Indeed, the authors have projected that “we will never achieve sustained zettaflops computing” using the hardware paradigm of Boolean logic gates and binary data storage. Due to the speed of light, Boltzmann’s Constant, and atomic granularity it is predicted that the wall, which is more like a very steep hill will occur at about 32 exaflops. But we are not there yet; indeed, there are a good four orders of magnitude to go. And that will be hard.
Three major activities can be cited that have just been created during the last year to engage the talents of the international community including experts in: hardware, software, algorithms, and domain science. These have resulted from at least two years of preliminary workshops and studies sponsored by diverse entities and internal industry planning as well. These are: IESP, DOE X-Stack, and DARPA UHPC. There are many smaller activities as well.
The International Exascale Software Project (IESP) has brought together the interests, talents, and resources of the international community to cooperate and coordinate long-term development of the necessary software infrastructure required to enable effective exaflops-scale performance before the end of this decade. Learning from past experiences where software always appeared to lag behind the hardware, this world-straddling endeavor is driven by the recognition that to succeed, the software needs to be there when the hardware is. More importantly, the hardware designs must be informed by the needs of the software so that there is minimum mismatch and the concomitant ensuing generations of unsatisfactory patches. But there is an even more critical imperative: the realization that without the right software, exaflops may not be achievable at all (except in special cases) and that no one nation can go it alone; the HPC community is just too small for multiple conflicting paths of a top to bottom software refactoring. In the last year, four multi-day meetings in France, Japan, and the UK among representatives of all of the major HPC nations have provided an emerging roadmap to inform future planning of the joint development of the full supporting software infrastructure for Exascale systems’ operation and programming.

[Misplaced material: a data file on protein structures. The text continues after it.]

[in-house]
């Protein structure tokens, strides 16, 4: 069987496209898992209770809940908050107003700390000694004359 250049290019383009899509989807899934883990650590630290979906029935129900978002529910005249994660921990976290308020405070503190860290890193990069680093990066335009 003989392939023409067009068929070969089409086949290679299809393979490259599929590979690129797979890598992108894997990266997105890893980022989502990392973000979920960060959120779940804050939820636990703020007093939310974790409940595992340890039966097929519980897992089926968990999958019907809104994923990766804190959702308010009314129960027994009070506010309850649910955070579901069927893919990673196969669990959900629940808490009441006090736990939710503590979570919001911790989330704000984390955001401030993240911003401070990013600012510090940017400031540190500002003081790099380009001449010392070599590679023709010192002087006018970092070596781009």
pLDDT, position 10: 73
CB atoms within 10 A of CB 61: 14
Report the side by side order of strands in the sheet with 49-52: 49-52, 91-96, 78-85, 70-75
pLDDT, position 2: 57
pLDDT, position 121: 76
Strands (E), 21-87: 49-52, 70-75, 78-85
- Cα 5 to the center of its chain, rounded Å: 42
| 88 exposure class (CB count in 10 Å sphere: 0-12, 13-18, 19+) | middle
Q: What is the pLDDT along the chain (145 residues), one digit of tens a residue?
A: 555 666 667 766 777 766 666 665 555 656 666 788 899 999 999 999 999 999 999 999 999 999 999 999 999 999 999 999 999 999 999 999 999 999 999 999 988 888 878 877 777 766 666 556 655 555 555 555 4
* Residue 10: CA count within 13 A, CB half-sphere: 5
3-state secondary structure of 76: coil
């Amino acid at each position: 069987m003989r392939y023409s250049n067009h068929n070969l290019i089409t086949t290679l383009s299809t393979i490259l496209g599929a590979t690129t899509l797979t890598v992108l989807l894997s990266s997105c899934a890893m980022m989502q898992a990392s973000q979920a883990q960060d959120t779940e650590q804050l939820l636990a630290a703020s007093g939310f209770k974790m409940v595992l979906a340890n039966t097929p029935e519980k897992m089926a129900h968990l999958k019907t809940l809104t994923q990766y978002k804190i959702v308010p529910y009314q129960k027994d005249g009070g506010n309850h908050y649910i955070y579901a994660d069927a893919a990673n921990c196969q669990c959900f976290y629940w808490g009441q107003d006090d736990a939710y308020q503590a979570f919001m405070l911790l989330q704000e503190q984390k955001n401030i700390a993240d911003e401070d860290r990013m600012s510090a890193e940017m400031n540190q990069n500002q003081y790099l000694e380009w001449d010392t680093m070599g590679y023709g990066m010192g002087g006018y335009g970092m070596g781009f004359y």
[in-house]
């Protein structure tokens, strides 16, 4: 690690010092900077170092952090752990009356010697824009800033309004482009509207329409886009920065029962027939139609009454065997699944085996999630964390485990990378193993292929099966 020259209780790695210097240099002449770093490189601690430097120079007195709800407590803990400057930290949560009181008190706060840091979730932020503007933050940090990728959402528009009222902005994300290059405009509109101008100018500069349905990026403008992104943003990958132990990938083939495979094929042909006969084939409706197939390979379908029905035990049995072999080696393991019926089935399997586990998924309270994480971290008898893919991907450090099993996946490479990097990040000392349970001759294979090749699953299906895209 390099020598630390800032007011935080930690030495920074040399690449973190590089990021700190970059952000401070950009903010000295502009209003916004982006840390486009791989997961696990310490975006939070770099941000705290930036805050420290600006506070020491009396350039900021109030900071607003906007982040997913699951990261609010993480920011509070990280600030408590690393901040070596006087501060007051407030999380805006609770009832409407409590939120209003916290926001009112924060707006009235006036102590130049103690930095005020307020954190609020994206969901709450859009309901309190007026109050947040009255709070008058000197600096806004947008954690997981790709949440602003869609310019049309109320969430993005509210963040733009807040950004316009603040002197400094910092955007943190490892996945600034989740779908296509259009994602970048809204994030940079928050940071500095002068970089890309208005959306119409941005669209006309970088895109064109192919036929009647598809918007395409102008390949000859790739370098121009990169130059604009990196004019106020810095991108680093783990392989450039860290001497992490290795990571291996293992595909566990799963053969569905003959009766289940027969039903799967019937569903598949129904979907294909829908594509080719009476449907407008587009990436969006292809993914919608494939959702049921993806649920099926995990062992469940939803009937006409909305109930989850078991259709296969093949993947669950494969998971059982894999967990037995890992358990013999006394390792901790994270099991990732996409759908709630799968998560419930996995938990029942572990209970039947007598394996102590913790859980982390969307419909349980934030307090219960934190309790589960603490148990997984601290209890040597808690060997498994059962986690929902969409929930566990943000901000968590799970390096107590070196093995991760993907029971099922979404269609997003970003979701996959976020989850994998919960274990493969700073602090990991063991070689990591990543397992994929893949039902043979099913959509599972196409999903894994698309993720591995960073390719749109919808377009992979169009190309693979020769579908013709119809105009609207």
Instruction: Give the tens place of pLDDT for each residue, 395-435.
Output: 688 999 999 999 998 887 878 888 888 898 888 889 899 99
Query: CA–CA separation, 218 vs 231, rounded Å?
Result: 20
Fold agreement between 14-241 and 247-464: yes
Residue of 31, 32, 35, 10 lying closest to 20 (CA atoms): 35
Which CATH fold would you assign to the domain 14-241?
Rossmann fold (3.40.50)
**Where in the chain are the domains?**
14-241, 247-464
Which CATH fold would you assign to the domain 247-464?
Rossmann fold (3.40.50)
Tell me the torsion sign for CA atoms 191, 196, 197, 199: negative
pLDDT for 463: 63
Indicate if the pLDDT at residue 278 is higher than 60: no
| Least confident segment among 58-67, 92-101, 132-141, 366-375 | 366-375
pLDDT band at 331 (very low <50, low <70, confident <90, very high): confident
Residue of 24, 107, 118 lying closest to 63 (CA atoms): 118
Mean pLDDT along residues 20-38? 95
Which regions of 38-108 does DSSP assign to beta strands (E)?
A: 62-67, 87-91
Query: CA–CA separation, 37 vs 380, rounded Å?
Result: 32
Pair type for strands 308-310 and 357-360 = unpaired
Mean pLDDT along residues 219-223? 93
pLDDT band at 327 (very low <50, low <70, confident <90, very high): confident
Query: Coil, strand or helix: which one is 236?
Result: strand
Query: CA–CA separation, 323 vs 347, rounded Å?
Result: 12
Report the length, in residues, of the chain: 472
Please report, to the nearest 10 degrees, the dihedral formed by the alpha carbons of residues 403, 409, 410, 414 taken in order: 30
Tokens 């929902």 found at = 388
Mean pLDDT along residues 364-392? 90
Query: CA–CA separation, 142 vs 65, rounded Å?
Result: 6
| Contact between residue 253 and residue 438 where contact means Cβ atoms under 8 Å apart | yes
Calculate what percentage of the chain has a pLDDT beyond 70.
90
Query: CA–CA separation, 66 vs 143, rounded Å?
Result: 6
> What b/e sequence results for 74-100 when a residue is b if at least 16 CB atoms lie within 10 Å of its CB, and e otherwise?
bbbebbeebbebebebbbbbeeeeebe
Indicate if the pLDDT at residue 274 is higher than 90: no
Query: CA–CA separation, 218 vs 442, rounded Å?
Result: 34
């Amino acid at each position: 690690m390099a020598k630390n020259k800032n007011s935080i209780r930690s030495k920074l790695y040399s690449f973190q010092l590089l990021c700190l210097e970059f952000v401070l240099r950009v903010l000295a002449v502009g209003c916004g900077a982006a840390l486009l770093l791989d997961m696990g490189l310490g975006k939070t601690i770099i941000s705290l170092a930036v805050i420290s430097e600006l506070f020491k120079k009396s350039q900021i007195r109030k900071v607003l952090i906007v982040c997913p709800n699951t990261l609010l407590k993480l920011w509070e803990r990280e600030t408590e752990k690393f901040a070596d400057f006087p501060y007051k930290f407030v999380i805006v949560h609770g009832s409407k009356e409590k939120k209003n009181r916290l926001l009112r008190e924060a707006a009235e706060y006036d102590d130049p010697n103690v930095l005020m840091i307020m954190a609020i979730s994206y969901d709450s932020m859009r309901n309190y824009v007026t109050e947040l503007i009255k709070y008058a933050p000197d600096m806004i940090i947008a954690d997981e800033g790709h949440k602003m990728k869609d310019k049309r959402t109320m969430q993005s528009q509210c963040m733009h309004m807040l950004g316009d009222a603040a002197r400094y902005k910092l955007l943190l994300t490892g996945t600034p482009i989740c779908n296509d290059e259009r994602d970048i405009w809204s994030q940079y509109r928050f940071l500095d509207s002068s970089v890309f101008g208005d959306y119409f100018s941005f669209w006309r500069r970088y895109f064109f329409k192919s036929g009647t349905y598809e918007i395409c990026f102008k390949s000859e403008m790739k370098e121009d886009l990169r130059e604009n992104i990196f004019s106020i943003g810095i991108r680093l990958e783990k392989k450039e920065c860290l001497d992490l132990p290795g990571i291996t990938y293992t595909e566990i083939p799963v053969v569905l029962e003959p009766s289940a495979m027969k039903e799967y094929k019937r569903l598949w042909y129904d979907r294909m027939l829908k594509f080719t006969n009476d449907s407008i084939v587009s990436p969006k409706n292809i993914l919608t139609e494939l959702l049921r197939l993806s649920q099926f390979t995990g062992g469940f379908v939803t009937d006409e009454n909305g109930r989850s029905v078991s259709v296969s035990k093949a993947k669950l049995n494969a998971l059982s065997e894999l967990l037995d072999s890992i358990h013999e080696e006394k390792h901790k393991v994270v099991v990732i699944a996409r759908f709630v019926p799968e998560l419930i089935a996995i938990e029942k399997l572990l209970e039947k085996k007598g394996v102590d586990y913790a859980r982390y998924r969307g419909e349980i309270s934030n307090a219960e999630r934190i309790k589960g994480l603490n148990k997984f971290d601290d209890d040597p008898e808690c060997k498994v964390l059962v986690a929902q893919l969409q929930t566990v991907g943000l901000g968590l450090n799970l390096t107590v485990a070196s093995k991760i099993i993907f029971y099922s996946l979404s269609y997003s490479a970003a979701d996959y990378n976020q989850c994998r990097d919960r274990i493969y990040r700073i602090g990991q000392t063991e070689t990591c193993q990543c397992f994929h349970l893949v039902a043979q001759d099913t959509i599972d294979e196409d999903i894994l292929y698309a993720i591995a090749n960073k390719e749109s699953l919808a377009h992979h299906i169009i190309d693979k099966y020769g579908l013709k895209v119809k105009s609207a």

The US DOE has also begun a new program of research with the release of its recent RFP to develop the components of the “X-Stack,” the software required to enable a new generation of science and technology applications with the advent of future exaflops capable systems. These elements include operating systems, runtime systems, programming models and tools, and methods for reliability and mass storage and I/O. The winners, not yet announced, will represent a new wave of research in the US combining partners in the national laboratories, industry, and academia driven by the requirements of major mission-critical applications. This and other related DOE programs were developed in part from an extensive series of community workshops through the preceding year on application domains, hardware and software systems, and mathematical algorithms. This research will join other programs around the world in the first concerted effort to turn the corner and set a new trajectory for future HPC system software architecture, design, and implementation.